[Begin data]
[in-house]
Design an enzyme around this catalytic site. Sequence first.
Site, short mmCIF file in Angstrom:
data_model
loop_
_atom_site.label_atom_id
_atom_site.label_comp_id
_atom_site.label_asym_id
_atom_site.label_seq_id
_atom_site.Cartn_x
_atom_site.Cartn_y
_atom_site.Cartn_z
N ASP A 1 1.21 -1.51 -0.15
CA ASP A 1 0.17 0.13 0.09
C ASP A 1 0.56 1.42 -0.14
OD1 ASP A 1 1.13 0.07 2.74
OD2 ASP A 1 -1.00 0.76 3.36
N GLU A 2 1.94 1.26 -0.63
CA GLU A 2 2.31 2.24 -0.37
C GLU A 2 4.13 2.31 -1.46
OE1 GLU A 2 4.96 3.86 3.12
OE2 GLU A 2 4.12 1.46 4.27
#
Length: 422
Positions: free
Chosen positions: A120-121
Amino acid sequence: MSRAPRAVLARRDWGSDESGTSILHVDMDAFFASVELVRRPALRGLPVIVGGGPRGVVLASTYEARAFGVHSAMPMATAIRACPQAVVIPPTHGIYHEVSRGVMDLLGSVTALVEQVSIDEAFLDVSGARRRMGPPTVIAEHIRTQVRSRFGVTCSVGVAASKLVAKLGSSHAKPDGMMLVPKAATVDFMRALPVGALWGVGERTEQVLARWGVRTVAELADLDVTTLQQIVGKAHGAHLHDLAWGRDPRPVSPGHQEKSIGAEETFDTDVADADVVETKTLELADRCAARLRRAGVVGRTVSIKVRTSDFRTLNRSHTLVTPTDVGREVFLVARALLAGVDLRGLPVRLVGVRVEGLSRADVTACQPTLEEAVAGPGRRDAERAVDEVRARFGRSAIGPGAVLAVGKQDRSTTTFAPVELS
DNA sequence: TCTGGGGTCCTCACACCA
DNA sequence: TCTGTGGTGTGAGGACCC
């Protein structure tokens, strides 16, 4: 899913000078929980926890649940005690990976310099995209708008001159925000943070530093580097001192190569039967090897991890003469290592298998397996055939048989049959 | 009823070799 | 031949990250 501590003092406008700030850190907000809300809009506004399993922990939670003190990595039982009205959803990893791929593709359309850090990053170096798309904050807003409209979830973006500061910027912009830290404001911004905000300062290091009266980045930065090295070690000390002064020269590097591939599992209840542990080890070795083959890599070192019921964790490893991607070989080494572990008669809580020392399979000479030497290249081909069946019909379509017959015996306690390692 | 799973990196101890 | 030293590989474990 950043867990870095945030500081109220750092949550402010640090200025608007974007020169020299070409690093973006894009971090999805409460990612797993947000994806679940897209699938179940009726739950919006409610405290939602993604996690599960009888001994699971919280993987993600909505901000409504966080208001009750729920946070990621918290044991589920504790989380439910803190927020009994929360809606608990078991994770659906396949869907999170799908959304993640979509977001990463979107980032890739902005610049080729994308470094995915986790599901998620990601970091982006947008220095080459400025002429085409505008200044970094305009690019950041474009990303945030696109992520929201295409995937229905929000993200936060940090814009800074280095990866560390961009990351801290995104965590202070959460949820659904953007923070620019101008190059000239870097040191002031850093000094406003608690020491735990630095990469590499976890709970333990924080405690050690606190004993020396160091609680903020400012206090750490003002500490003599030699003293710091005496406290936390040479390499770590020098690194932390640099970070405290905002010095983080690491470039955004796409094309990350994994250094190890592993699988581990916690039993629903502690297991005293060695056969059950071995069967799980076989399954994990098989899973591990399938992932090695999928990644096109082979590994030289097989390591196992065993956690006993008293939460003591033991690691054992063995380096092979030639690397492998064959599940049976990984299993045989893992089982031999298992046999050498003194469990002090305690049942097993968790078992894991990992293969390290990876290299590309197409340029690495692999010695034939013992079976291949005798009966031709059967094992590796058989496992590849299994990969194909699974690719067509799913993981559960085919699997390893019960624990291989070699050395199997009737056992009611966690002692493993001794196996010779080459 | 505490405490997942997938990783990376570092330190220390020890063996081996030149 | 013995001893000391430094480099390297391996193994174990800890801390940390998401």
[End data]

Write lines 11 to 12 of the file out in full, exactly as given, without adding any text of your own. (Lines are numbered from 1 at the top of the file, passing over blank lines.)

_atom_site.Cartn_y
_atom_site.Cartn_z